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  • Meeting abstract
  • Open Access

Delivery room management of extremely low birth weight infants in Italian level III hospitals

  • Daniele Trevisanuto1Email author,
  • Irene Satariano1,
  • Nicoletta Doglioni1,
  • Giulio Criscoli2,
  • Francesco Cavallin3,
  • Camilla Gizzi4,
  • Claudio Martano5,
  • Fabrizio Ciralli6,
  • Flaminia Torielli7,
  • Paolo Ernesto Villani8,
  • Sandra Di Fabio9,
  • Lorenzo Quartulli10 and
  • Luigi Giannini11
Italian Journal of Pediatrics201541(Suppl 1):A44

https://doi.org/10.1186/1824-7288-41-S1-A44

Published: 24 September 2015

Keywords

Team LeaderChest CompressionPositive Pressure VentilationDelivery RoomNeonatal Resuscitation

Background

An increasing body of evidence suggests that delivery room management of extremely low birth weight (ELBW) infants may have a direct influence on their survival and long-term morbidity.

We aimed evaluate the consistency of practice and the adherence to the International Guidelines in early delivery room management of ELBW infants in Italy.

Materials and methods

A questionnaire was sent to the directors of all Italian level III centers between April and August 2012.

Results

There was a 92% (n=98/107) response rate. Participating centers reported an overall number of 198.322 births during 2011, and of these, 1933 were ELBW infants. Northern and Central centers had a higher median of births and of ELBW infants than Southern centers.

A provider skilled in neonatal resuscitation is present in high-risk deliveries in 46% of III level centers: this rate was higher in Northern (77.5%) than in Central (33.3%) and Southern (21.6%) centers. The team leader for neonatal resuscitation is generally a Pediatrician/Neonatologist (67.2%). The median delivery room temperature was 24°C (IQR: 22–25). Only 18 centers (20.2%) achieved a delivery room temperature over 25°C. A polyethylene bag/wrap was used by 54 centers (55.1%). Most centers had a pulse oxymeter (91/98, 92.9%) available in delivery room and used saturation targets (82/98, 83.7%). In Northern regions, one centre (2.5%) said it used oxygen concentrations >40% to initiate positive pressure ventilation in ELBW infants. These proportions were higher in the Central (14.3%) and Southern (16.2%) areas. A T-piece device for positive pressure ventilation was widely used (77/97, 79.4%). The percentage of ELBW infants intubated at birth had a median of 60% (IQR: 40%–80%), with the highest values in Central group (median 66%, IQR: 50%–75%). A median of 13% (IQR: 5%–30%) of ELBW infants received chest compressions at birth in Italy.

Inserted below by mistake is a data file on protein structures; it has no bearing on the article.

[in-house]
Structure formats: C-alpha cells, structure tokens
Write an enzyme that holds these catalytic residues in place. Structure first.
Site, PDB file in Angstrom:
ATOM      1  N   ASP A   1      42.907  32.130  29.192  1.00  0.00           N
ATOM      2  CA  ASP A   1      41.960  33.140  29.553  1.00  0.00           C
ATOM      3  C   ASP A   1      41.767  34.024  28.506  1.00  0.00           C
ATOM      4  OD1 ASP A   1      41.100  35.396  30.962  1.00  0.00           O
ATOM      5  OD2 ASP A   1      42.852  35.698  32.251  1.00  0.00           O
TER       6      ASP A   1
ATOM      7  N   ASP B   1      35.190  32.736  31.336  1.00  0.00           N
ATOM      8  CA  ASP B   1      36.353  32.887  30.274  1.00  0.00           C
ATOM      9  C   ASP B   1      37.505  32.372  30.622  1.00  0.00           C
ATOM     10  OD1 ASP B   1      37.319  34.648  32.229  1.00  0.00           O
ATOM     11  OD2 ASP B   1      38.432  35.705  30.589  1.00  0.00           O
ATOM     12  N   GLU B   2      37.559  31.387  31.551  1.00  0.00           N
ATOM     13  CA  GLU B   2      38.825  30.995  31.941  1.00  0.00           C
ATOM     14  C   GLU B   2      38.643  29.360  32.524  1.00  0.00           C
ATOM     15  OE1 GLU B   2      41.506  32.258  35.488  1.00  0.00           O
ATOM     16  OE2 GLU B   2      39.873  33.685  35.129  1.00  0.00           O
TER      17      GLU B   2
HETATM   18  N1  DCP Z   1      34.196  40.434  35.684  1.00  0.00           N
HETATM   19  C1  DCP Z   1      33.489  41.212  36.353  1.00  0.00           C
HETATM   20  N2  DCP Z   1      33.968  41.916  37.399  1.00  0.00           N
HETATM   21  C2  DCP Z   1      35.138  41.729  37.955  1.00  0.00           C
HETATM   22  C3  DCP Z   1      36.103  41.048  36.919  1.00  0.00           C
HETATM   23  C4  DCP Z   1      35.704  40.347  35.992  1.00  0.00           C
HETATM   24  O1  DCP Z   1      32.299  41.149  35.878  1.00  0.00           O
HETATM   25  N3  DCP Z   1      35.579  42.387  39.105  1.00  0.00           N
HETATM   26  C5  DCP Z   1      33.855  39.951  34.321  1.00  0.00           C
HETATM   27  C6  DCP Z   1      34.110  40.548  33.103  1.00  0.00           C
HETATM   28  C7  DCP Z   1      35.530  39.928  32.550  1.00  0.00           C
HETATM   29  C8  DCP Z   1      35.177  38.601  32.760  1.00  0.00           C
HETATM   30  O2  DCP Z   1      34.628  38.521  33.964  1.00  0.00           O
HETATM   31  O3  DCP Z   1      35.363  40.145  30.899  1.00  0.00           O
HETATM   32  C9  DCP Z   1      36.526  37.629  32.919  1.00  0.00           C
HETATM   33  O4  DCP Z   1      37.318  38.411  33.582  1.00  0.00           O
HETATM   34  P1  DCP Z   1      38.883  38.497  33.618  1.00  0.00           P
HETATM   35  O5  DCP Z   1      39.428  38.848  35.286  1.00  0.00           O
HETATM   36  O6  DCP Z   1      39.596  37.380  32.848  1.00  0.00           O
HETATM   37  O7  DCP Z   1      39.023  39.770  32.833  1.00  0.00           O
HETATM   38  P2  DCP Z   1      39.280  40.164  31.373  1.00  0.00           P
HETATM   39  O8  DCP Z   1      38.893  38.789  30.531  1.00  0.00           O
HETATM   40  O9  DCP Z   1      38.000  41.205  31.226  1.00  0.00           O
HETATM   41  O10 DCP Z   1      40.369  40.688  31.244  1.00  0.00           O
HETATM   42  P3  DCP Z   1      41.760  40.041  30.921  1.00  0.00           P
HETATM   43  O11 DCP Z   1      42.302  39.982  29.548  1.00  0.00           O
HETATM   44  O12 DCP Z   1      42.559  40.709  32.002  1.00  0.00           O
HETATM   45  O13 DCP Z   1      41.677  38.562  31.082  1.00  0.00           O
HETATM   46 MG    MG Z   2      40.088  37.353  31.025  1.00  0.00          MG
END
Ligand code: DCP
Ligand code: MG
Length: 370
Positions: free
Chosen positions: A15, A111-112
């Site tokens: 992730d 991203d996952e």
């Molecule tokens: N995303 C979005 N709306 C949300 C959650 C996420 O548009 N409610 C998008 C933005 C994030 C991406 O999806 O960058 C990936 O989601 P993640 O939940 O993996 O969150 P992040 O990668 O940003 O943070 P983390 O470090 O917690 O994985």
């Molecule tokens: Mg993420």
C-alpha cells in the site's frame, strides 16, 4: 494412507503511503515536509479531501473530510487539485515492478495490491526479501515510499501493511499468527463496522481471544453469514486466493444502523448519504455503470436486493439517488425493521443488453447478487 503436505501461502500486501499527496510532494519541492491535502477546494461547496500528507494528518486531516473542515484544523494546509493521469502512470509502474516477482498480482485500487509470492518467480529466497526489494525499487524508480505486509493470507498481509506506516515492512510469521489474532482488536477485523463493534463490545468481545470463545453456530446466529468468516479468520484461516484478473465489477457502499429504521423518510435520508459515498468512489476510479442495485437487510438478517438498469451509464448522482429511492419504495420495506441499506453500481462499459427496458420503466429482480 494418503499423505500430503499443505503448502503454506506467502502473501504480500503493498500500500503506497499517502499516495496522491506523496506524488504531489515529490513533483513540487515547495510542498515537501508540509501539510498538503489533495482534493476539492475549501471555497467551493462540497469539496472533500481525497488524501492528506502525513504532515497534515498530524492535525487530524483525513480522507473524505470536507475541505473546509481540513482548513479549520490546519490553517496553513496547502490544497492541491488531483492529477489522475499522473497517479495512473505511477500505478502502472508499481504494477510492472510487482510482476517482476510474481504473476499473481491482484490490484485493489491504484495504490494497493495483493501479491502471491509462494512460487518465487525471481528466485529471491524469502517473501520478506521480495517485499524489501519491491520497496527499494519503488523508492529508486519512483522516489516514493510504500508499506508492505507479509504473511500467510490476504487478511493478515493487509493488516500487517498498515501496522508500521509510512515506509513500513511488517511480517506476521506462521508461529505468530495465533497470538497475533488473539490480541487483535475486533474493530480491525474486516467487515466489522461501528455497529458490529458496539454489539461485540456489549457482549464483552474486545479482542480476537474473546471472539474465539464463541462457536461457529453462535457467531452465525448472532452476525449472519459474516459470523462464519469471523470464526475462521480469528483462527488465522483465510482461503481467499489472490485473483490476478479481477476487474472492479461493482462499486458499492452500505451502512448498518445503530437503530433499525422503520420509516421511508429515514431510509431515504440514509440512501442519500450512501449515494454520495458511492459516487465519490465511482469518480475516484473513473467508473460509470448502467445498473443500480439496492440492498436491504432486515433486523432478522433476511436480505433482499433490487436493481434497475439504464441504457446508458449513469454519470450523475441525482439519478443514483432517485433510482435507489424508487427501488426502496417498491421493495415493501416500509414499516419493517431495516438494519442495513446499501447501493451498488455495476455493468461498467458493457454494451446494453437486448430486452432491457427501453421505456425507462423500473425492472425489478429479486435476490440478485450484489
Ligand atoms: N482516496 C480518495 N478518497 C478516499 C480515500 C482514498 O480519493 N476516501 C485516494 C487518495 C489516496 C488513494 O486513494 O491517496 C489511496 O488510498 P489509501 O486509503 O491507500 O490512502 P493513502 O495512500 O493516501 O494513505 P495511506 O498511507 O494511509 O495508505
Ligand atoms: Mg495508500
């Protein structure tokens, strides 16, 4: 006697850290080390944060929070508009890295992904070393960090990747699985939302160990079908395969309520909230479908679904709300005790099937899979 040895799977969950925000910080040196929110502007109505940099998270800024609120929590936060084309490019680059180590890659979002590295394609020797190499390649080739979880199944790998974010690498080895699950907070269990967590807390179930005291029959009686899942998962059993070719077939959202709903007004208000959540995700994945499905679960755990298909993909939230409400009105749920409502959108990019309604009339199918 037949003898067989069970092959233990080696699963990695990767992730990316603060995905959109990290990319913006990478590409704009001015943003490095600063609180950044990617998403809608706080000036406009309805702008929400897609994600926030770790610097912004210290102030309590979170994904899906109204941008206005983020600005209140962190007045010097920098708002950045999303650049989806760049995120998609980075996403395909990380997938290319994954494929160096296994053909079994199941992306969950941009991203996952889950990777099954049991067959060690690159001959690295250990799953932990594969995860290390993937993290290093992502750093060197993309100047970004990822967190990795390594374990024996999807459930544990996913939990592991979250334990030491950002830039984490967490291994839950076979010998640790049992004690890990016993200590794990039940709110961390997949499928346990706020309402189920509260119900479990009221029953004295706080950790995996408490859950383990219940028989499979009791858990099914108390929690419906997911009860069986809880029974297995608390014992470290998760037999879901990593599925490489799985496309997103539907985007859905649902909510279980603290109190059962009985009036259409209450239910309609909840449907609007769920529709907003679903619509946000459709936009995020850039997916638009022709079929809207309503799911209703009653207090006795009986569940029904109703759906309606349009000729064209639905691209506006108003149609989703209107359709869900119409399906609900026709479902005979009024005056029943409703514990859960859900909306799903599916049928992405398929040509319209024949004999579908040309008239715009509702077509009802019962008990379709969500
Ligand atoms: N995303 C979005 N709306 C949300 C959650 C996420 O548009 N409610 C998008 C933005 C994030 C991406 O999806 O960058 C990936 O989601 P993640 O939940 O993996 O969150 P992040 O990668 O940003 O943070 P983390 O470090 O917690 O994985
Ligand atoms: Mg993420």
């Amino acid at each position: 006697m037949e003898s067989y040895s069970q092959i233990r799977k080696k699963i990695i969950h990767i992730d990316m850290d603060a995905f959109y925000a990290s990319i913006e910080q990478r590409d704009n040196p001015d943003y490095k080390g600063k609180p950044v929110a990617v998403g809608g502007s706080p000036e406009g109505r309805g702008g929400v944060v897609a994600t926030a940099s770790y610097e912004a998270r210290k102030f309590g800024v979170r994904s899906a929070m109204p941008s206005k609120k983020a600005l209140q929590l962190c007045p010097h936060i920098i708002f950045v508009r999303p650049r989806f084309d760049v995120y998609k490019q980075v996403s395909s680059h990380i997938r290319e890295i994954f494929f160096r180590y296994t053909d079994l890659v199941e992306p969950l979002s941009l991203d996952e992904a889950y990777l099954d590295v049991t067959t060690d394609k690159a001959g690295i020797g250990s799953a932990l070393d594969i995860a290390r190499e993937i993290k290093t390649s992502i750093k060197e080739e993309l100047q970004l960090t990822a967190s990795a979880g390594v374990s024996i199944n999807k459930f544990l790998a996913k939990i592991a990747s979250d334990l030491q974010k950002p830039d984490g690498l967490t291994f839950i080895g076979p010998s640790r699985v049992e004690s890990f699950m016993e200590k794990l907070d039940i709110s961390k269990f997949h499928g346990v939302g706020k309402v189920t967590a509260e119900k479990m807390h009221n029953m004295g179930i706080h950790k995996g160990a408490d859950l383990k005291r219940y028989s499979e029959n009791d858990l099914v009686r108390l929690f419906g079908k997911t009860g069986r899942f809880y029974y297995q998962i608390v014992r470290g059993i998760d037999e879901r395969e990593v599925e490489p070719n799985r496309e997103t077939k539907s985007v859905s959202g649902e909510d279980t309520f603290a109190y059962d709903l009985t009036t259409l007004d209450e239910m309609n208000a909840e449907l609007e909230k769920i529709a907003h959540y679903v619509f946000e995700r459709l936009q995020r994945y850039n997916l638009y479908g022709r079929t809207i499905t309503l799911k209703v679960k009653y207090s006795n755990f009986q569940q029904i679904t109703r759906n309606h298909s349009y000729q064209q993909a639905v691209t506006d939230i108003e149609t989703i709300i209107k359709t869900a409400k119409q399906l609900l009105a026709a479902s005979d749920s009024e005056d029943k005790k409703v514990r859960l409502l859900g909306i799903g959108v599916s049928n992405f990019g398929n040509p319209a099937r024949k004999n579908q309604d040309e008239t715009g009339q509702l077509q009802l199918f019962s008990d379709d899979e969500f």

Conclusions

Overall, our results show a good adherence to the International Guidelines for Neonatal Resuscitation. Nevertheless, we found some relevant differences among the surveyed centers. Interventions to interpret and reduce the discrepancy among the different geographical areas are needed.

Authors’ Affiliations

(1)
Children and Women's Health Department, Medical School University of Padua, Azienda Ospedaliera Padova, Padua, Italy
(2)
Italian Army - Signals and Information Technology HQ - C4 Systems Integration Development, Treviso, Italy
(3)
Independent Statistician, Padua, Italy
(4)
Neonatal Intensive Care Unit Pediatric and Neonatal Department, “S. Giovanni Calibita” Fatebenefratelli Hospital - Isola Tiberina, Rome, Italy
(5)
Neonatal Intensive Care Unit Pediatric Department, Medical School University of Turin, Azienda Ospedaliera OIRM-S. Anna, Torino, Italy
(6)
Neonatal Intensive Care Unit Department of Mother and Infant Science, Fondazione IRCCS Ca’ Granda Ospedale Maggiore Policlinico, University of Milan, Milan, Italy
(7)
Neonatology Unit, University of Genova, Azienda Ospedaliera San Martino IRCCS – IST National Institute on Cancer Research, Genova, Italy
(8)
Neonatal Intensive Care Unit, Maternal and Pediatric Department, Carlo Poma Hospital, Mantova, Italy
(9)
Neonatal Intensive Care Unit, Department of Mother and Infant Science, “San Salvatore” Hospital, L'Aquila, Italy
(10)
Neonatology Unit, “A. Perrino” Hospital–ASL, Brindisi, Italy
(11)
Pediatric Department Medical School, University “La Sapienza” Rome, Azienda Ospedaliera Policlinico Umberto I, Rome, Italy

References

  1. Trevisanuto D, Satariano I, Doglioni N, Criscoli G, Cavallin F, Gizzi C, et al: Delivery room management of extremely low birthweight infants shows marked geographical variations in Italy. Acta Paediatr. 2014, 103 (6): 605-611. 10.1111/apa.12612.View ArticlePubMedGoogle Scholar
  2. Trevisanuto D, Satariano I, Doglioni N, Criscoli G, Cavallin F, Gizzi C, et al: Changes over time in delivery room management of extremely low birthweight infants in Italy. Resuscitation. 2014, 85 (8): 1072-1076. 10.1016/j.resuscitation.2014.04.024.View ArticlePubMedGoogle Scholar

Copyright

© Trevisanuto et al. 2015

This article is published under license to BioMed Central Ltd. This is an Open Access article distributed under the terms of the Creative Commons Attribution License (http://creativecommons.org/licenses/by/4.0), which permits unrestricted use, distribution, and reproduction in any medium, provided the original work is properly cited. The Creative Commons Public Domain Dedication waiver (http://creativecommons.org/publicdomain/zero/1.0/) applies to the data made available in this article, unless otherwise stated.

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